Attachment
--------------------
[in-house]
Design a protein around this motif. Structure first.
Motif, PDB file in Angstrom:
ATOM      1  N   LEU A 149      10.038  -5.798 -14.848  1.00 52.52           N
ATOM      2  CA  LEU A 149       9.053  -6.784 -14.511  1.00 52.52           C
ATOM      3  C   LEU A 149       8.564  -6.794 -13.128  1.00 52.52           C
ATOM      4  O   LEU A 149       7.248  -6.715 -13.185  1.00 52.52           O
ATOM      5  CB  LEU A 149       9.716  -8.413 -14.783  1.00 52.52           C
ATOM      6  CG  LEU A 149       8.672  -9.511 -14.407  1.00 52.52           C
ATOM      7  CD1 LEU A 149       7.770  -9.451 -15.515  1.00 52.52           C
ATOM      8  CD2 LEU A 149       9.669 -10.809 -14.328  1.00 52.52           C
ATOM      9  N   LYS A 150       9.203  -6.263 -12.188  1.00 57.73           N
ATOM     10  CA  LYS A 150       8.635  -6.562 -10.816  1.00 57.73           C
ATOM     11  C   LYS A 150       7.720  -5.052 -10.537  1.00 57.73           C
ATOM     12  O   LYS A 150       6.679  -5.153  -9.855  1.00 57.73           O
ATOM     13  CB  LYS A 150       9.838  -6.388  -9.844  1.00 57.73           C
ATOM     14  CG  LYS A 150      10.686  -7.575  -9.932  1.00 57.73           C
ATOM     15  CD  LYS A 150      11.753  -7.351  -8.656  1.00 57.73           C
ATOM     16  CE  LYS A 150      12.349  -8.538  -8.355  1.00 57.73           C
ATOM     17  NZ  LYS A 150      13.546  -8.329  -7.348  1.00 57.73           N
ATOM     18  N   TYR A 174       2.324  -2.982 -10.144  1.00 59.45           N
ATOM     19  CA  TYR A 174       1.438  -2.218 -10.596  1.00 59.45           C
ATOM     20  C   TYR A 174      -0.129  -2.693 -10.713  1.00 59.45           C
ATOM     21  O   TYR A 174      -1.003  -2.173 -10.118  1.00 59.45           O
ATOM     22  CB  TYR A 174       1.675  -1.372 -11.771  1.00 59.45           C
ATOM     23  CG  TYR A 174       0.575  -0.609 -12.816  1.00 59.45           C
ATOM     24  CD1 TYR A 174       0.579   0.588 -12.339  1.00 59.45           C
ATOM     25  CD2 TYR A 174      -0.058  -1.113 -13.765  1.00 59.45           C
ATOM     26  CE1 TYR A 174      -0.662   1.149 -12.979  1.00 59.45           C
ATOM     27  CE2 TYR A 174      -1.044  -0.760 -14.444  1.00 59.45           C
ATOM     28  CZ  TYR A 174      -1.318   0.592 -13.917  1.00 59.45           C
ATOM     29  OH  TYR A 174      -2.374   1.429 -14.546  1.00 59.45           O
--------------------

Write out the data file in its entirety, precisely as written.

[in-house]
Design a protein around this motif. Structure first.
Motif, PDB file in Angstrom:
ATOM      1  N   LEU A 149      10.038  -5.798 -14.848  1.00 52.52           N
ATOM      2  CA  LEU A 149       9.053  -6.784 -14.511  1.00 52.52           C
ATOM      3  C   LEU A 149       8.564  -6.794 -13.128  1.00 52.52           C
ATOM      4  O   LEU A 149       7.248  -6.715 -13.185  1.00 52.52           O
ATOM      5  CB  LEU A 149       9.716  -8.413 -14.783  1.00 52.52           C
ATOM      6  CG  LEU A 149       8.672  -9.511 -14.407  1.00 52.52           C
ATOM      7  CD1 LEU A 149       7.770  -9.451 -15.515  1.00 52.52           C
ATOM      8  CD2 LEU A 149       9.669 -10.809 -14.328  1.00 52.52           C
ATOM      9  N   LYS A 150       9.203  -6.263 -12.188  1.00 57.73           N
ATOM     10  CA  LYS A 150       8.635  -6.562 -10.816  1.00 57.73           C
ATOM     11  C   LYS A 150       7.720  -5.052 -10.537  1.00 57.73           C
ATOM     12  O   LYS A 150       6.679  -5.153  -9.855  1.00 57.73           O
ATOM     13  CB  LYS A 150       9.838  -6.388  -9.844  1.00 57.73           C
ATOM     14  CG  LYS A 150      10.686  -7.575  -9.932  1.00 57.73           C
ATOM     15  CD  LYS A 150      11.753  -7.351  -8.656  1.00 57.73           C
ATOM     16  CE  LYS A 150      12.349  -8.538  -8.355  1.00 57.73           C
ATOM     17  NZ  LYS A 150      13.546  -8.329  -7.348  1.00 57.73           N
ATOM     18  N   TYR A 174       2.324  -2.982 -10.144  1.00 59.45           N
ATOM     19  CA  TYR A 174       1.438  -2.218 -10.596  1.00 59.45           C
ATOM     20  C   TYR A 174      -0.129  -2.693 -10.713  1.00 59.45           C
ATOM     21  O   TYR A 174      -1.003  -2.173 -10.118  1.00 59.45           O
ATOM     22  CB  TYR A 174       1.675  -1.372 -11.771  1.00 59.45           C
ATOM     23  CG  TYR A 174       0.575  -0.609 -12.816  1.00 59.45           C
ATOM     24  CD1 TYR A 174       0.579   0.588 -12.339  1.00 59.45           C
ATOM     25  CD2 TYR A 174      -0.058  -1.113 -13.765  1.00 59.45           C
ATOM     26  CE1 TYR A 174      -0.662   1.149 -12.979  1.00 59.45           C
ATOM     27  CE2 TYR A 174      -1.044  -0.760 -14.444  1.00 59.45           C
ATOM     28  CZ  TYR A 174      -1.318   0.592 -13.917  1.00 59.45           C
ATOM     29  OH  TYR A 174      -2.374   1.429 -14.546  1.00 59.45           O